Q: Dr. Sullivan, thank you for your time. Can you tell us a little bit about yourself? How did you end up being one of the leading and smartest voices in recruitment?
A: With a Ph.D. in business and as the CEO of a consulting group, my specialty was quantifying the dollars in business impact from people management actions. When analyzing HR, I found that recruiting had the highest business impact. But no one in the recruiting profession was spending the time to prove to executives the tremendous dollar value added by hiring a high-performer and innovator.
My specialty has been getting recruiting leaders more resources by showing their executives the tremendous economic value added by great recruiting.
And the negative business impacts from a bad hire or a slow hiring process. My specialty has been getting recruiting leaders more resources by showing their executives the tremendous economic value added by great recruiting. Strangely after 30 years, I find that I’m still the only one that focuses on this area that allows corporate recruiting efforts to be fully funded.
Q: Has talent acquisition always been in your blood?
A: Yes. Since college, I have always wondered why corporate recruiting has remained so intuitive, while every other business process has become more scientific and data-driven. I still fail to understand why we somehow still allow managers to do “gut hiring” even though it hurts our organization’s results
Q: It’s been a tumultuous year for recruiters. What do you think has been the biggest thing to come out of 2020?
A: Turmoil provides an opportunity to break away from the pack. The biggest outcome has been having executives understand the value of remote work. From a recruiting standpoint, remote work changes sourcing radically. Being able to hire people that can work from home in any country around the world eliminates more than half of all sourcing problems. Location is no longer a limitation for a job where the work can be done remotely and a lack of talent within a commuting distance of the company’s physical. Remote work dramatically increases both the size and the diversity of your recruiting pool.
Location is no longer a limitation for a job where the work can be done remotely and a lack of talent within a commuting distance of the company’s physical.
Q: Your masterclass on October 28 will zoom in on one of the most admired areas in the world, Silicon Valley. For those that haven’t been in and around The Valley in the last few years, how would you describe that particular area of the world in a few sentences?
A: The Silicon Valley is unique in that we prioritize individuals and jobs based on their economic contribution. As a global traveler, I have found no other geographic area where executives have learned to prioritize talent based on their ROI. And, whenever you calculate the ROI of the different classes of employees, you find that by far innovators have the largest economic impact on business success (followed by top performers in key jobs).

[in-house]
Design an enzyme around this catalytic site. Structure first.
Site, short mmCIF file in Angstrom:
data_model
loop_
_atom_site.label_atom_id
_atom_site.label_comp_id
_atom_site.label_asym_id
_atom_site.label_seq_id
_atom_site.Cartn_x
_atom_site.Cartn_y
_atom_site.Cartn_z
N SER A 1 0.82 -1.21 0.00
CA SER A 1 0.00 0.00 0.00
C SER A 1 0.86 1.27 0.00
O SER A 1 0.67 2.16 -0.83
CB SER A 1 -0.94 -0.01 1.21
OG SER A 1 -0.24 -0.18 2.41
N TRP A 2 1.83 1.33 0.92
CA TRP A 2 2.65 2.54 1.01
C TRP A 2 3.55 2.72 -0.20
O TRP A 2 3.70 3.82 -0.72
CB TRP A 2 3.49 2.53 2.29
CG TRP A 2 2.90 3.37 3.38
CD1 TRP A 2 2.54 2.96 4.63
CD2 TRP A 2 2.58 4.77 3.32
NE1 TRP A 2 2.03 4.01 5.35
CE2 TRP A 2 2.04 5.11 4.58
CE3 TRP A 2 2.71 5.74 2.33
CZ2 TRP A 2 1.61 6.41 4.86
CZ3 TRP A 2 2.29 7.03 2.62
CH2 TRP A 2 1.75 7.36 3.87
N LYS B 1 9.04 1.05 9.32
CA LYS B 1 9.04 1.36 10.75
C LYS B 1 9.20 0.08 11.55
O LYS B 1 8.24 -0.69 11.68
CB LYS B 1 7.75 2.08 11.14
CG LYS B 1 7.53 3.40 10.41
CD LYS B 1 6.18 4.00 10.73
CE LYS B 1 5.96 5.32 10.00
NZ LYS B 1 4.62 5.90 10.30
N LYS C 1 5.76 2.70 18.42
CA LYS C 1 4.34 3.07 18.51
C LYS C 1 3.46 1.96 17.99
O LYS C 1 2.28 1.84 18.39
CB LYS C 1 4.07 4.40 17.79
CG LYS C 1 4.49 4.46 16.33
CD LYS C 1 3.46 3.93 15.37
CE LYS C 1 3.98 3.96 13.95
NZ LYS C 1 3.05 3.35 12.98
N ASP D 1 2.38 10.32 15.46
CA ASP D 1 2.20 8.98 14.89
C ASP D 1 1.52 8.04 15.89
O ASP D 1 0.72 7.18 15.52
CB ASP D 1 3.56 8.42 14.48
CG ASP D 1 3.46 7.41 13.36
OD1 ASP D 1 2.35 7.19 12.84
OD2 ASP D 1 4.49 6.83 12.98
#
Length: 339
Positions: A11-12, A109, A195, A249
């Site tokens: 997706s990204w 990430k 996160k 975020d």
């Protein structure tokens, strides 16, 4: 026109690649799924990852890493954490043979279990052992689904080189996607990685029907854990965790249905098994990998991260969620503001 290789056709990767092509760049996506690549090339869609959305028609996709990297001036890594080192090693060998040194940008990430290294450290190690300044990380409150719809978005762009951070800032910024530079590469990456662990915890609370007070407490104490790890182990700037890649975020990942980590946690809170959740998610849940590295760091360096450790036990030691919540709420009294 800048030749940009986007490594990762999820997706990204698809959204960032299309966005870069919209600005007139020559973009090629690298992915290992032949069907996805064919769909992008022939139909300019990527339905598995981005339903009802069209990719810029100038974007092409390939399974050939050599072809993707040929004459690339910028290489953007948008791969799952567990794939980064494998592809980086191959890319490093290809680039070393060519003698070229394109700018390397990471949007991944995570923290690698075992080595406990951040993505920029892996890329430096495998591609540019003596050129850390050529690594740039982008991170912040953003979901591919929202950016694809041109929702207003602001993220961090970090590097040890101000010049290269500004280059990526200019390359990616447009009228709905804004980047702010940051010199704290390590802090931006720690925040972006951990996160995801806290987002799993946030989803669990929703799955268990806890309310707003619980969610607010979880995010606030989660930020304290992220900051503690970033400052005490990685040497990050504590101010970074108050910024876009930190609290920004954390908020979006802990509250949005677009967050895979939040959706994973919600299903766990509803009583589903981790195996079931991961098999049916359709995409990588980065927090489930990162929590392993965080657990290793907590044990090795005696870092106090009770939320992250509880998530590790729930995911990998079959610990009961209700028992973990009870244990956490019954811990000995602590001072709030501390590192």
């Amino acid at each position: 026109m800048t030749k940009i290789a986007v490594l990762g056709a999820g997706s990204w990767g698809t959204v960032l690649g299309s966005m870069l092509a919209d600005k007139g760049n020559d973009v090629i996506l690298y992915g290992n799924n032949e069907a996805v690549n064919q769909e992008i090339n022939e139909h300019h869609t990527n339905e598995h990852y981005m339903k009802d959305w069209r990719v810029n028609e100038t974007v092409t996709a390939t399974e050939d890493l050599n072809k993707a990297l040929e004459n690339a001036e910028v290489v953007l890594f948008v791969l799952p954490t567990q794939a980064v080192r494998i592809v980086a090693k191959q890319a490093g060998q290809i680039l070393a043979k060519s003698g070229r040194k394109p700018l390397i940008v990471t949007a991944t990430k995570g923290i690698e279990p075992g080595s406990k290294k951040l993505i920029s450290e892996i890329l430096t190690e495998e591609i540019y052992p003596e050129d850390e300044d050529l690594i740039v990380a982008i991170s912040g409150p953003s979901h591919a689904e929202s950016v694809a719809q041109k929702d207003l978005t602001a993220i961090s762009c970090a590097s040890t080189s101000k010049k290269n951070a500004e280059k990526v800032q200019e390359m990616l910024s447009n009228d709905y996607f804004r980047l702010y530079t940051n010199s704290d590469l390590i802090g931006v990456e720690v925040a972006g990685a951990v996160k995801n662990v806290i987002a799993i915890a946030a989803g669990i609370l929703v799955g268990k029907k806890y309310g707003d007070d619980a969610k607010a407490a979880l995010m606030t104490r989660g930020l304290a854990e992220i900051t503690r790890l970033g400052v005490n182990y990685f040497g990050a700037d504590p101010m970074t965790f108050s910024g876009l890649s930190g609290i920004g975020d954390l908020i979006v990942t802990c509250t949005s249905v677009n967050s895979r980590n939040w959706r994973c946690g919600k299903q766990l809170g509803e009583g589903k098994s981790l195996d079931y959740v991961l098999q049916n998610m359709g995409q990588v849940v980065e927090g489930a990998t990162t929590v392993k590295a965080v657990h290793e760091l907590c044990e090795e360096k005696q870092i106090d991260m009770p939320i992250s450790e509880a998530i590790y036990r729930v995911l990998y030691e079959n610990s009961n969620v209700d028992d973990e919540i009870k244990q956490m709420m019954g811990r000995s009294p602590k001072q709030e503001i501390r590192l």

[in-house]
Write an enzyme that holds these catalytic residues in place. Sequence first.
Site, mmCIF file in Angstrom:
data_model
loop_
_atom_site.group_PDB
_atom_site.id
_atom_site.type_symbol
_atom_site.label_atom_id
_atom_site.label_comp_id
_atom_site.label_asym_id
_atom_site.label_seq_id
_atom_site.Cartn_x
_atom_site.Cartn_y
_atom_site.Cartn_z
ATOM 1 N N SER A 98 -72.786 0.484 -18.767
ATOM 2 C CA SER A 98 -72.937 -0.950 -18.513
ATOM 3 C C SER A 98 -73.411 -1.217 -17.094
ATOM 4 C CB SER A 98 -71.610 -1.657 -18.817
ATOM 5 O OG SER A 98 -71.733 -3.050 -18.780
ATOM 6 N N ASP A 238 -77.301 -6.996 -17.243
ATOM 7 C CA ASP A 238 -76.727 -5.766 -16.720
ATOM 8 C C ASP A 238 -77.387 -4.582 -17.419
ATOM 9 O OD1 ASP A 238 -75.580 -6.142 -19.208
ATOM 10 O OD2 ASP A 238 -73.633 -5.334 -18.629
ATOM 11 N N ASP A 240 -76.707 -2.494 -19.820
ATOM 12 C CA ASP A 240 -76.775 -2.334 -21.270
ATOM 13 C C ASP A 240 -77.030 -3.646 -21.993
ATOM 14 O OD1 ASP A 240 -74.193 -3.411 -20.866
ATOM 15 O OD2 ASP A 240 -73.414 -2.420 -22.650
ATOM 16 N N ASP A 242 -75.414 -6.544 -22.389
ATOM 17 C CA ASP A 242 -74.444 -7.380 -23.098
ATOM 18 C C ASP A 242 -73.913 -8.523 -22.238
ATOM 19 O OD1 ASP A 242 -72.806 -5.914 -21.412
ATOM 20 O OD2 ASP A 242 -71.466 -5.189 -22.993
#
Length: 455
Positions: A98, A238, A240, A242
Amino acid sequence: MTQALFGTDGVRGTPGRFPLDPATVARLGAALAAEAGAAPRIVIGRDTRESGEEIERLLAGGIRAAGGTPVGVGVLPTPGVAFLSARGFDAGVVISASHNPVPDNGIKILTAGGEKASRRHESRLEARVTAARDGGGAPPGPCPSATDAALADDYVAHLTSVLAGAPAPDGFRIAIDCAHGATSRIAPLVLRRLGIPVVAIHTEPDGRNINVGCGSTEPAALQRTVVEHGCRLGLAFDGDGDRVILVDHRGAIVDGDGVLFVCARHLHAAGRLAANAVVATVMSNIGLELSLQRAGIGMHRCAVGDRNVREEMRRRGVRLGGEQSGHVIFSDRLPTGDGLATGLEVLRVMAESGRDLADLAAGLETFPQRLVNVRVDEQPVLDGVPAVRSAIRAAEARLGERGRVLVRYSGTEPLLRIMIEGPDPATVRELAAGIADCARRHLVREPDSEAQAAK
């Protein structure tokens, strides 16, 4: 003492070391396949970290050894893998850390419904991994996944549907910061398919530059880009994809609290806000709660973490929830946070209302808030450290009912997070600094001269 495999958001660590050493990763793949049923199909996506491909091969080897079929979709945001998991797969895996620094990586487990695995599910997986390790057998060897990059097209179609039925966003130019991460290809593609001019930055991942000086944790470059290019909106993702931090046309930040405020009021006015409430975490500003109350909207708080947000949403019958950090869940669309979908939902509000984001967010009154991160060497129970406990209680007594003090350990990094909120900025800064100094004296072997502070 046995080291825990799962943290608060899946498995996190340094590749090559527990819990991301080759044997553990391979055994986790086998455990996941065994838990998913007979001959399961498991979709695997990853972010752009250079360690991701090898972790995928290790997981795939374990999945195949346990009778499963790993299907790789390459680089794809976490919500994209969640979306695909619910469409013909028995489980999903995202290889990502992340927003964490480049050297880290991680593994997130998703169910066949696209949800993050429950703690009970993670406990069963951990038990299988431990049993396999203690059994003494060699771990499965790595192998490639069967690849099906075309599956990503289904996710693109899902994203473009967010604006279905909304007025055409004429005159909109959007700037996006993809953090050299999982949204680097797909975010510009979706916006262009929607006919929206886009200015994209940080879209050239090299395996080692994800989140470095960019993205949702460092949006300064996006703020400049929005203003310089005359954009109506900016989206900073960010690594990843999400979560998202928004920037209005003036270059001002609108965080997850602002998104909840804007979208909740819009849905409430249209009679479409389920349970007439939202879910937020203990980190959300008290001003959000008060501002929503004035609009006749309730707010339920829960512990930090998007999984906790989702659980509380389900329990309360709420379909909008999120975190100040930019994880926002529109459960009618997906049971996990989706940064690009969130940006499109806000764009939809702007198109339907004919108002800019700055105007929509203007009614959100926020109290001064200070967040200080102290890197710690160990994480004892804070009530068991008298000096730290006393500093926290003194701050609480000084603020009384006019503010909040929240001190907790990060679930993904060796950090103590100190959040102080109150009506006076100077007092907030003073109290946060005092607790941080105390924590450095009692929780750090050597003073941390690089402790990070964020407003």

Most in recruiting want to treat every job and new hire equally, and that is a huge avoidable mistake.
Unfortunately, most in recruiting, and HR haven’t had the courage to calculate and admit that all jobs and all performance levels of hires don’t make the same economic impact. Most in recruiting want to treat every job and new hire equally, and that is a huge avoidable mistake.
Q: You’ve mentioned that Silicon Valley firms are always looking for ‘game changers’. What sort of personality traits should a ‘game-changer’ possess? What should recruiters look for?
A: Game changers are disruptors; they view every process and product as becoming obsolete. And while accountants want to improve things by 2%, game-changers expect at least a 20% improvement. Unfortunately, many hiring managers resist disruptors, but cynics drive change even though most don’t want to face up to the fact that everything these days will soon be obsolete. So, when you’re interviewing a game-changer, they will be extremely critical of whatever you currently do. And they will have dramatic suggestions that could improve it by at least 20%.
So, when you’re interviewing a game-changer, they will be extremely critical of whatever you currently do.
However, they are not just dreamers. Each one will have a track record of not just disruption, but in collaborating with others so that they learn to accept a high level of change. It takes courage to hire someone that will be critical of everything you do, but criticism is the engine of change.
Q: Finally, without giving away too much, what do you think will be the biggest takeaway for recruitment or those working in talent acquisition on October 28?
A: The initial learning would be that almost everyone involved in recruiting will have to change as recruiting inevitably becomes more scientific, data, and technology-driven. The good news is that there is a clear path that allows almost everyone to make the transition. And those that attend the class will be able to pick and choose which transition steps are best for their situation.
© Dr. John Sullivan 10/14/20